Query Letters for Discontinued Rentals
A number of clients have received query letters from the CRA when they have stopped reporting rental income without showing a corresponding disposition of the property for capital gains purposes. The assumption is that if they are no longer renting a property, they must either have sold it or converted it to personal-use (which will result in a deemed disposition at FMV). However, this may not always be the case. For example:
■ In the case of a client who is renting out part of his principal residence, a deemed disposition will only occur if the change in use is substantial. The CRA will not apply the deemed disposition rule if:
— The income-producing use is ancillary to the main use of the property as a residence;
— There is no structural change to the property; and
— No CCA is claimed on the property.
So a client who has been renting out a basement, but decides he would rather use it as a recreation area after the tenant moves out, is not required to report a deemed disposition. In our response to the CRA’s query letter, we should cite paragraph 2.59 of Income Tax Folio S1-F3-C2 Principal Residence.
■ In situations where an entire property is converted from a rental to a principal residence, the client can elect under subsection 45(3) to defer the deemed disposition until the year in which the property is actually disposed of. This election does not have to be submitted until the year in which the property is disposed of or an earlier year if a formal demand for the election is issued by the CRA. So again a deemed disposition will not be reported in the year the conversion took place. For clients in this situation, we would cite paragraph 2.54 of Income Tax Folio S1-F3-C2 Principal Residence.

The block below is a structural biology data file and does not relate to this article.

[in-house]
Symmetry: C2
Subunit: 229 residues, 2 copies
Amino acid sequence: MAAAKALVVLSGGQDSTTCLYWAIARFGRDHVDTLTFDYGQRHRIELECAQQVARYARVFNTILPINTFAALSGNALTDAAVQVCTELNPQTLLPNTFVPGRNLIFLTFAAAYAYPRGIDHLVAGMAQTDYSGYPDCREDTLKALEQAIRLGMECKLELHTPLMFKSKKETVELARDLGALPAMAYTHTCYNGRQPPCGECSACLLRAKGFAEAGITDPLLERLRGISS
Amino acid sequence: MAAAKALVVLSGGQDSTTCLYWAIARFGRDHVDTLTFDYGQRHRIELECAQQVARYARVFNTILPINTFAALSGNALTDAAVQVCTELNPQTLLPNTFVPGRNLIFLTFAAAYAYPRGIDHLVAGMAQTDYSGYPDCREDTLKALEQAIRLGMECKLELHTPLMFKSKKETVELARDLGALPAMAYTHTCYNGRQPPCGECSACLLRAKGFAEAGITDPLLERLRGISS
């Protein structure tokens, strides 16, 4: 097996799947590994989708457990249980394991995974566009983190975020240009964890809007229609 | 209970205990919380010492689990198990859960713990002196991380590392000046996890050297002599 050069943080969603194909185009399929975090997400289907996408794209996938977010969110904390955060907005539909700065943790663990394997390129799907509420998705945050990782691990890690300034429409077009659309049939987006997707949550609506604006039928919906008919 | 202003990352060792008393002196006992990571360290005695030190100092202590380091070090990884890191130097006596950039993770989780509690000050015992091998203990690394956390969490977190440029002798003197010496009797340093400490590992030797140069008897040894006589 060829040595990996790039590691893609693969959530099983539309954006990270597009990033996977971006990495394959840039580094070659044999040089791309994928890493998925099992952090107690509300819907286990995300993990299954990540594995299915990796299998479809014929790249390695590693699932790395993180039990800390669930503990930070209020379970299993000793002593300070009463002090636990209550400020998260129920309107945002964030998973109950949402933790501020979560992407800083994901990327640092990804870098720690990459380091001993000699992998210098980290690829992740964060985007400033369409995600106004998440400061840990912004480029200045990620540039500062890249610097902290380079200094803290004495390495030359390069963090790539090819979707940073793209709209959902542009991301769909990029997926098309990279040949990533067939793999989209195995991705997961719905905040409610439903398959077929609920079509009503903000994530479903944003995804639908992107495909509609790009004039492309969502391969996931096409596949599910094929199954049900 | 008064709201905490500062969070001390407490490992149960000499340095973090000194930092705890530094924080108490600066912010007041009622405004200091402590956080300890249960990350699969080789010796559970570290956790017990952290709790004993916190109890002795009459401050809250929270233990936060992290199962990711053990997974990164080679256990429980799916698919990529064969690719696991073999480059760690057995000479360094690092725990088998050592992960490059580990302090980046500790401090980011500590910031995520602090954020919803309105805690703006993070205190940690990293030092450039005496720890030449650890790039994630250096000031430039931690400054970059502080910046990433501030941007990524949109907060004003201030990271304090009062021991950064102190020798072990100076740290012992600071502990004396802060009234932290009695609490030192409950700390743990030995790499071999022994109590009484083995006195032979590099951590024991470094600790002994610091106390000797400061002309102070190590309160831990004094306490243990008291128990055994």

It should be emphasized that the rules for elections under 45(3) are different from the rules for elections under 45(2) (where a property that was previously used for personal use is converted into an income producing property). Elections under 45(2) must be filed in the year the conversion takes place.
In cases where a property is owned jointly, it should be stressed that the percentage used to report the clients’ respective share of the capital gain must be the same as was used to report the rental income.
For more information contact Raj Katlaria, CPA at 778-926-9226 or email at email@example.com, or visit us at our Surrey, BC office for a personal consultation.
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